Press Release | Rice University | November 7, 2016

Nobody likes a cheater, but Rice University bioengineering graduate student Karl Gerhardt wants people to copy his answers. That’s the whole point. Gerhardt and Rice colleagues have created the first low-cost, easy-to-use optogenetics hardware platform that biologists who have little or no training in engineering or software design can use to incorporate optogenetics testing in their labs. Rice’s Light Plate Apparatus (LPA) is described in a paper available for free online this week in the open-access journal Scientific Reports...

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Social Medicine 2.0—Can You Use Crowdsourcing to Give Your Medical Device a Leg Up?

Nigel Syrotuck | MDDI | July 7, 2017

Online crowdsourcing communities are a game changer. These platforms allow anyone to appeal to the entire connected world for support or participation. They get many of us to participate—Kickstarter processed just shy of $500 million dollars in 2014. Most interesting, at least to me, are platforms for crowdsourcing information. These make up the next generation of online forums, ranging from chat forums to open source hardware development...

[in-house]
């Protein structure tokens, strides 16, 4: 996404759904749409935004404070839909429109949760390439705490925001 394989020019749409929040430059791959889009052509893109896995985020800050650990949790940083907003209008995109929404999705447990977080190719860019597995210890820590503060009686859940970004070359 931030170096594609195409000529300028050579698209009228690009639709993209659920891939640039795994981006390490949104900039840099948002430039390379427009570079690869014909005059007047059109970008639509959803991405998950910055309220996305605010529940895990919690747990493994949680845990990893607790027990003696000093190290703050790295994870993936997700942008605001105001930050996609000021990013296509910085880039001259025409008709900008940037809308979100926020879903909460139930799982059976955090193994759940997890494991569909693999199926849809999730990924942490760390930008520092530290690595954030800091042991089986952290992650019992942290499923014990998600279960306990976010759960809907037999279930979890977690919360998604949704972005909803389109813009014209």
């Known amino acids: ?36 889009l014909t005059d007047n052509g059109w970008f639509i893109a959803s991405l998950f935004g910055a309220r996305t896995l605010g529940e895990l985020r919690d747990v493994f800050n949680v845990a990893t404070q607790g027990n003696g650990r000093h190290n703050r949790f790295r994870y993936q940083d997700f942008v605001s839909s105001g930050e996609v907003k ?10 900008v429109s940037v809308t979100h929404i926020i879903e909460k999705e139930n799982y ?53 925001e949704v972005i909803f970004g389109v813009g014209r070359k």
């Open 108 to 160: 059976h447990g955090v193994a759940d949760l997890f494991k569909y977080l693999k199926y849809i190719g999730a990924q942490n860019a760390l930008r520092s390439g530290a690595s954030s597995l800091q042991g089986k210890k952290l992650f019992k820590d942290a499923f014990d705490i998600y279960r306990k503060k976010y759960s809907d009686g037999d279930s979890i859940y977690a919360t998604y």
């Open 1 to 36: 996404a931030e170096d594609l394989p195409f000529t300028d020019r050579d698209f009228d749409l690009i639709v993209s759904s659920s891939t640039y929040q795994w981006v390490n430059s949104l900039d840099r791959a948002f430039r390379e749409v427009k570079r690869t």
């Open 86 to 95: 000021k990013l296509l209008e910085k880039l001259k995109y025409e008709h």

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The Story of Ultimaker: 3D Printers with Open Source DNA

Today we're seeing open hardware projects and businesses succeed for the first time in history. Why, and what do they look like? The story of the Ultimaker and its user community proves that being open is in fact sustainable and may even go a step further to say that that sharing and collaboration are genuine routes to innovation. Let's go back several years to a makerspace in Utrecht, a big city in the Netherlands. The founders of Ultimaker, a premium 3D printer manufacturer, were inspired by the potential of 3D printing, and experimenting with the open source designs of the RepRap project...